Being able to stream CAN bus data live is nice.
But wouldn't it be great to be able to load a DBC file and live stream converted human-readable data?
The CANLoggerX000 now supports the *.DBC format for both logged data via CANvas and live streamed data in Wireshark.
In short, this means that you can now easily convert raw CAN data to physical values - ready for analysis!
In this article we introduce the CAN bus DBC file format, including how to use it in CANvas and our Wireshark Plugin.
Before you hit the below, we suggest you check out the brief video intro above!
THE DBC DATABASE FORMAT
The DBC communications database for CAN contains information on CAN bus Messages and Signals.
The format is used to store rules for converting raw CAN data to human-readable values, aka scaled engineering values.
For example, the right DBC database file would allow you to take the raw data below ...
… and return understandable data like below:
How does DBC conversion work?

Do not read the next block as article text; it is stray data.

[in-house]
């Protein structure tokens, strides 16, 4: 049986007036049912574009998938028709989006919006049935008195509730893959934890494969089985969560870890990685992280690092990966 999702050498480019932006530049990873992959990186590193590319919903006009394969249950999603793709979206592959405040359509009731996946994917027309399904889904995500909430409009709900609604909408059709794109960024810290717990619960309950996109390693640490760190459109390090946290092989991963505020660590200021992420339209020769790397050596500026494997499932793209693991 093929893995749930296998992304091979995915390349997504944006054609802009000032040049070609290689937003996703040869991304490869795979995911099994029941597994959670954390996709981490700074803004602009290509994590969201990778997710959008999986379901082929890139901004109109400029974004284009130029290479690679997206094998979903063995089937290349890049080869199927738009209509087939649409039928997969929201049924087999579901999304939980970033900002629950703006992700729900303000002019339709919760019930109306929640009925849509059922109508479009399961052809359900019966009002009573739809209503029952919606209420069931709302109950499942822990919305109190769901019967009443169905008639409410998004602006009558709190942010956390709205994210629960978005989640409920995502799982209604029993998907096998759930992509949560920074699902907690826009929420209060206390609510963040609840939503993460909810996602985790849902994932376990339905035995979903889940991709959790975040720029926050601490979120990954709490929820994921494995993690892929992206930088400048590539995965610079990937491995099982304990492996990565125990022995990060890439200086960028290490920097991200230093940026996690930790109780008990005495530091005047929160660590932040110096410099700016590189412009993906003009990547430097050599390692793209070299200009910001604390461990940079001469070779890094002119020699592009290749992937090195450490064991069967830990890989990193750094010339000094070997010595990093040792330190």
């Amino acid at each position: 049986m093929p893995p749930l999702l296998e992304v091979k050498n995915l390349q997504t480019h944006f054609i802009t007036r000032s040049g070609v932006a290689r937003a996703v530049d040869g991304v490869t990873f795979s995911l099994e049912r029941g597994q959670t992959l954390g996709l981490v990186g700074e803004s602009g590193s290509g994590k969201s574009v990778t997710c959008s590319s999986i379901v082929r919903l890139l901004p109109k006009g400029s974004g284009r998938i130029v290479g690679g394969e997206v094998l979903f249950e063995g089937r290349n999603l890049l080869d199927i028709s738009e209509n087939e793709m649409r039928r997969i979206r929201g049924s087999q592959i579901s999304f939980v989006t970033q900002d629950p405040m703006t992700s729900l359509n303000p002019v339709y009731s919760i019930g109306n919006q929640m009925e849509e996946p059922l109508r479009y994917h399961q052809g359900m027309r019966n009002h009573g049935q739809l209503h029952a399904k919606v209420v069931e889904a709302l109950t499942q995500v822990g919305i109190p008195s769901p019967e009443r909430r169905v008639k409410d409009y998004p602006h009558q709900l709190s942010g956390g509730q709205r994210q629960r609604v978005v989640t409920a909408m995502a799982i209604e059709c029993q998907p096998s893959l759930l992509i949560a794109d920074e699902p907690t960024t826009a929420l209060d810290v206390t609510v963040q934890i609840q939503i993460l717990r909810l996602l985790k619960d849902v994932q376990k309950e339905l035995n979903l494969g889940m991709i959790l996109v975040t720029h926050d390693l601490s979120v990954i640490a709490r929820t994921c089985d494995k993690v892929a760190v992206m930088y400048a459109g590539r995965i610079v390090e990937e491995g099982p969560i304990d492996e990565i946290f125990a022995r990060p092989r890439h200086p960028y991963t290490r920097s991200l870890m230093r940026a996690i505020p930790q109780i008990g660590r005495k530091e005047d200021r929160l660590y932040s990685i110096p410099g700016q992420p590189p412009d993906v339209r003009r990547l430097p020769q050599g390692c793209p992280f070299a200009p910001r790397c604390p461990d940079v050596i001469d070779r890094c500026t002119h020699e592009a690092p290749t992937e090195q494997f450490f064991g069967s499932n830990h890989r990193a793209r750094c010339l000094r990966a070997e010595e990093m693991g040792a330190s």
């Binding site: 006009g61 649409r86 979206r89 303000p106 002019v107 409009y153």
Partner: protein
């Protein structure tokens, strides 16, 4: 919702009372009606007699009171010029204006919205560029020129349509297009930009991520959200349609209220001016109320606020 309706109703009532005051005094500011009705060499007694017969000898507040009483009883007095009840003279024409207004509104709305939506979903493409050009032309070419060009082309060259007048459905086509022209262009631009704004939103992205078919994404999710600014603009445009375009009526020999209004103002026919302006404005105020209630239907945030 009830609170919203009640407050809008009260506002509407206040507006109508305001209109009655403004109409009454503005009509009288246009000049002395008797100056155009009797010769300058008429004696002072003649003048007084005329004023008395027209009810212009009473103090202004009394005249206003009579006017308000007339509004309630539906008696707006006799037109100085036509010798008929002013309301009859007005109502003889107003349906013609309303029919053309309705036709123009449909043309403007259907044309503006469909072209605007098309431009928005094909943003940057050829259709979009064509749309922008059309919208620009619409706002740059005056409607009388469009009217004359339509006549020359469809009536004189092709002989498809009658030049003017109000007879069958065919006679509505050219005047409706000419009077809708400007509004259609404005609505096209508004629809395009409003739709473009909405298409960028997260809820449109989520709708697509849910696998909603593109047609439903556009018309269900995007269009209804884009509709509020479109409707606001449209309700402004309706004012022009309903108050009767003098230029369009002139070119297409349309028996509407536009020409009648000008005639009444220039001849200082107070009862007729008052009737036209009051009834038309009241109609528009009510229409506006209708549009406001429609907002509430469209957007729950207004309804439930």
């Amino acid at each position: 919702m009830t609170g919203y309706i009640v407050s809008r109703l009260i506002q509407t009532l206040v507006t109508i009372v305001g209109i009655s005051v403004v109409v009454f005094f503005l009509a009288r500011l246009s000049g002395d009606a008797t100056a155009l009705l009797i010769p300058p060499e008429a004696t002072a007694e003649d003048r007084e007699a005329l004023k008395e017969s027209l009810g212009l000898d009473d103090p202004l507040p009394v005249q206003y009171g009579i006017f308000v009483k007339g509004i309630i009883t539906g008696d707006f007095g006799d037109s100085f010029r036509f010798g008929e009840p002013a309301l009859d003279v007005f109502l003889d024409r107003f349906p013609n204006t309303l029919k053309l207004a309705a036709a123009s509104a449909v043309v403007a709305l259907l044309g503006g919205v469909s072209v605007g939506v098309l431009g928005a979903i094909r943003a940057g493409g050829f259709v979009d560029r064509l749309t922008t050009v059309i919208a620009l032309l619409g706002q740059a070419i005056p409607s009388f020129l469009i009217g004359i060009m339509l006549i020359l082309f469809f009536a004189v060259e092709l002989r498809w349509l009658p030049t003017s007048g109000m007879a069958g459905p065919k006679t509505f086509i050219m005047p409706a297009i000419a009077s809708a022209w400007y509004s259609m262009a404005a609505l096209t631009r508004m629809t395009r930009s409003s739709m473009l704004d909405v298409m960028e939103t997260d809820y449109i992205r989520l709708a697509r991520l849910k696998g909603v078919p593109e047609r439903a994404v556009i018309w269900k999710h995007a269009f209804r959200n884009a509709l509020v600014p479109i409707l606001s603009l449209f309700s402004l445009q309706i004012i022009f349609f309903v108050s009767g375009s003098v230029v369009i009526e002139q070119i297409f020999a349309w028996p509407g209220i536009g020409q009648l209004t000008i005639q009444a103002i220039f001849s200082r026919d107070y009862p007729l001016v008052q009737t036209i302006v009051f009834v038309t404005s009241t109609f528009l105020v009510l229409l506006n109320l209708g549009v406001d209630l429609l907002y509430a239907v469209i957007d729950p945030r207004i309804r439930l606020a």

The DBC file contains Messages (often equal to CAN IDs), each containing Signals that reflect data parameters (e.g. RPM).
For each Signal, a specified start bit and bit-length allows you to extract the relevant raw bit string from the CAN data frame.
To convert a Signal, you take the DEC bit string, multiply it by a Scale and add an Offset specified by the DBC file.
Let’s take an example:
Assume we extracted raw CAN data from a passenger bus under the SAE J1939 protocol and wish to analyse the RPM parameter.
To do so, we identify in a J1939.DBC file that RPM (or EngSpeed) is a Signal in the Message EEC1 with PGN F004 (in HEX).
Before moving on, note that J1939 is a bit special in regards to the CAN DBC file format:
- The ID is extended 29 bit - in DBC context, this means that the the leading bit of the ID is “flipped” and needs to be re-flipped
- Secondly, the relevant ID is the PGN, i.e. a sub part of the CAN ID (start bit 9, length 18)
Both CANvas and our Wireshark Plugin support J1939 as a special DBC case, taking the above into account.